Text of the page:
Sunday, September 17, 2006

All posts were moved (11/2006) to

Rain on the parade...

Photos José Antonio López (Top) and Francisco Olvera (Bottom) Jornada
It looks as if Tlaloc, the rain god, is an AMLO supporter:
The Mexico City Herald's coverage was pathetic, missing what was a good story.

There was concern that there might be a confrontation if the two gritos ended up in the same Zocalo.

In Doloros Hidalgo, the 8000 or so spectators included 3500 were police and security personnel. The town was clamped down, and even residents had to show IDs to enter the area. Fox came and went by heliocopter. AND IT RAINED gatos y perros.

In DF, where Alejandro Encinas did the bell-ringing (from City Hall, not the National Palace), assisted by old lefty, human rights fighter and all round rabble rouser (and, now Senadora) Rosario Ibarra de Piedra, all-round intellectual Carlos Monsiváis and... as a sop to the Administration, Secretary of Gobernacion, Carlos Abascal Carranza.

In Doloros Hidalgo, the grito was "¡Viva nuestra Independencia! ¡Vivan los héroes que nos dieron patria y libertad! ¡Viva Hidalgo! ¡Viva Morelos! ¡Viva Allende! ¡Viva Josefa Ortiz de Domínguez! ¡Viva Leona Vicario! ¡Viva nuestra democracia! ¡Vivan nuestras instituciones! ¡Viva la unidad de las y los mexicanos! ¡Viva México!''

In Mexico City, the people gave ¡Vivas! for Miguel Hidalgo y Costilla, José María Morelos y Pavón, Ignacio Allende, Josefa Ortiz de Domínguez, Vicente Guerrero, an extra loud, enthuastic viva for Benito Juárez (the tea-leaf readers are figuring that one out -- BJ managed to maintain the Presidency, while a fraudulently elected foreign-dominated adminstration tried running the country for a while) and popular sovereignty.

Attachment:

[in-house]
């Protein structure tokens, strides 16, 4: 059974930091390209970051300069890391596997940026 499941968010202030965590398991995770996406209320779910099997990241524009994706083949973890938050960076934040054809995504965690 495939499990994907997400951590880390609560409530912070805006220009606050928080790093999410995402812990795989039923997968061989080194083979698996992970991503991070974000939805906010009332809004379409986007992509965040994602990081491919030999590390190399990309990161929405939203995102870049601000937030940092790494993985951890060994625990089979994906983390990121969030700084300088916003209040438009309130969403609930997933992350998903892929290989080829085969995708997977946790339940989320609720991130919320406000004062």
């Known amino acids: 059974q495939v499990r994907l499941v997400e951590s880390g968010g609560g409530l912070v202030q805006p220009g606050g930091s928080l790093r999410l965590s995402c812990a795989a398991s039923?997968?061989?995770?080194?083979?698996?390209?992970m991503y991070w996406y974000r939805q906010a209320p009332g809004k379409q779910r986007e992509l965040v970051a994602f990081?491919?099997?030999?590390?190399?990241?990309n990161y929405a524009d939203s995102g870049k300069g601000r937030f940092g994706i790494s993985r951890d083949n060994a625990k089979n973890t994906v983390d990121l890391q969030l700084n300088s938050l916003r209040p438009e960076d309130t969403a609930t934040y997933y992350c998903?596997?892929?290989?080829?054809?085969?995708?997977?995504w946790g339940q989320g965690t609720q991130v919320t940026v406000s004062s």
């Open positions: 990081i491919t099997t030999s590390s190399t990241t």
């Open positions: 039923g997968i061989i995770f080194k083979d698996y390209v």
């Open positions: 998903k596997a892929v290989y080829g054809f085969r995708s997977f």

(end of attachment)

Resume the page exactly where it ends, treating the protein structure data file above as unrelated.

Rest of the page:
As an extra bonus, the people razzed Abascal, joining in the new cheer, "Get lost, asshole!" (¡FUERA! ¡CULITO!). It didn't rain on that party.

Jornada has a good "compare/contrast" on the two gritos.

Seems Mexico City aint't big enough for two gritos... or presidents?

From ¡Para justicia y libertad!

Delegates at the National Democratic Convention (CND) have formally declared Andrés Manuel López Obrador (AMLO) as Mexico's "legitimate president" which he is formally set to take office on November 20 at 3 p.m. at Constitution Square in Mexico City.

The delegates at CND also authorize López Obrador to appoint members to his cabinet, he is also authorized to select where the new capital in will be set up in Mexico and right to act as Mexico's official and legitimate president. The new government will observe the framework of a democratic republic, whereby the President of Mexico is both head of state and head of government. As President of the new government, he has the right to collect taxes.

Aerial view of the National Democratic Convention. Photoby Alfredo Dominguez, Jornada

Meanwhile, in Oaxaca...

There was, for the first time, no OFFICAL celebration. The governor doesn't dare show his face... instead, José Cruz Luna, presidente municipal of Zaachila, gave a grito on behalf of the APPO from their headquarters. There were the traditional celebratory dance music and pyrotechnics afterwords, but -- for some reason -- people in Oaxaca tend to leave when there are explosives in the neighborhood these days.

The People celebrating Independence Day by declaring Independence?



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